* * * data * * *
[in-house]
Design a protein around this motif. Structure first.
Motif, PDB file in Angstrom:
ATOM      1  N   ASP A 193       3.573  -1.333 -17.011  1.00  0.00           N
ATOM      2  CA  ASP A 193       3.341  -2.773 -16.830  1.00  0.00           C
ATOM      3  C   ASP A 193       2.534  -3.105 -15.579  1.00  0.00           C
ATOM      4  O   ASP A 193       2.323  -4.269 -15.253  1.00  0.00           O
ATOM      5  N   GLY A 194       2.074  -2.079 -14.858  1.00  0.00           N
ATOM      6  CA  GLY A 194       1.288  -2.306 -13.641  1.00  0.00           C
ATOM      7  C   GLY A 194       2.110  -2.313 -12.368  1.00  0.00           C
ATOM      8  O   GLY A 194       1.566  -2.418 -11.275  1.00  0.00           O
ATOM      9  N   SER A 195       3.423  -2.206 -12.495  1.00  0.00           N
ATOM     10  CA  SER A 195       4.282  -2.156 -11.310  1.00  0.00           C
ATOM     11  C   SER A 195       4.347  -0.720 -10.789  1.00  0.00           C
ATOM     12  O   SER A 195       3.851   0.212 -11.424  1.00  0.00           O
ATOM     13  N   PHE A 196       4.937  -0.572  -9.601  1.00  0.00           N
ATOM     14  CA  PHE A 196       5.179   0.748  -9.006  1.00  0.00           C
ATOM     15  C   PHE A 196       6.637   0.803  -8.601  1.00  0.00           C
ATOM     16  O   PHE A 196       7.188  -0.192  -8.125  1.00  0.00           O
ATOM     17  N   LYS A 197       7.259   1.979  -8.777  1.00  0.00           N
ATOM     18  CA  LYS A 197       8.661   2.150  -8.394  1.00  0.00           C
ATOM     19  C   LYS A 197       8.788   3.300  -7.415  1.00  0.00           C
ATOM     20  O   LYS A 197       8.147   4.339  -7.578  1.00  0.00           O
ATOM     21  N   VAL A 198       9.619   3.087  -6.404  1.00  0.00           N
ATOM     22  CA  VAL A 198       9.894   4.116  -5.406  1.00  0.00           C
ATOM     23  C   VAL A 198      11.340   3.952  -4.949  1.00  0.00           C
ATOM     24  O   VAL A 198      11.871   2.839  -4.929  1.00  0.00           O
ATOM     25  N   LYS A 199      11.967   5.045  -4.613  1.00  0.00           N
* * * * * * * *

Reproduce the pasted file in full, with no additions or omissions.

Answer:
[in-house]
Design a protein around this motif. Structure first.
Motif, PDB file in Angstrom:
ATOM      1  N   ASP A 193       3.573  -1.333 -17.011  1.00  0.00           N
ATOM      2  CA  ASP A 193       3.341  -2.773 -16.830  1.00  0.00           C
ATOM      3  C   ASP A 193       2.534  -3.105 -15.579  1.00  0.00           C
ATOM      4  O   ASP A 193       2.323  -4.269 -15.253  1.00  0.00           O
ATOM      5  N   GLY A 194       2.074  -2.079 -14.858  1.00  0.00           N
ATOM      6  CA  GLY A 194       1.288  -2.306 -13.641  1.00  0.00           C
ATOM      7  C   GLY A 194       2.110  -2.313 -12.368  1.00  0.00           C
ATOM      8  O   GLY A 194       1.566  -2.418 -11.275  1.00  0.00           O
ATOM      9  N   SER A 195       3.423  -2.206 -12.495  1.00  0.00           N
ATOM     10  CA  SER A 195       4.282  -2.156 -11.310  1.00  0.00           C
ATOM     11  C   SER A 195       4.347  -0.720 -10.789  1.00  0.00           C
ATOM     12  O   SER A 195       3.851   0.212 -11.424  1.00  0.00           O
ATOM     13  N   PHE A 196       4.937  -0.572  -9.601  1.00  0.00           N
ATOM     14  CA  PHE A 196       5.179   0.748  -9.006  1.00  0.00           C
ATOM     15  C   PHE A 196       6.637   0.803  -8.601  1.00  0.00           C
ATOM     16  O   PHE A 196       7.188  -0.192  -8.125  1.00  0.00           O
ATOM     17  N   LYS A 197       7.259   1.979  -8.777  1.00  0.00           N
ATOM     18  CA  LYS A 197       8.661   2.150  -8.394  1.00  0.00           C
ATOM     19  C   LYS A 197       8.788   3.300  -7.415  1.00  0.00           C
ATOM     20  O   LYS A 197       8.147   4.339  -7.578  1.00  0.00           O
ATOM     21  N   VAL A 198       9.619   3.087  -6.404  1.00  0.00           N
ATOM     22  CA  VAL A 198       9.894   4.116  -5.406  1.00  0.00           C
ATOM     23  C   VAL A 198      11.340   3.952  -4.949  1.00  0.00           C
ATOM     24  O   VAL A 198      11.871   2.839  -4.929  1.00  0.00           O
ATOM     25  N   LYS A 199      11.967   5.045  -4.613  1.00  0.00           N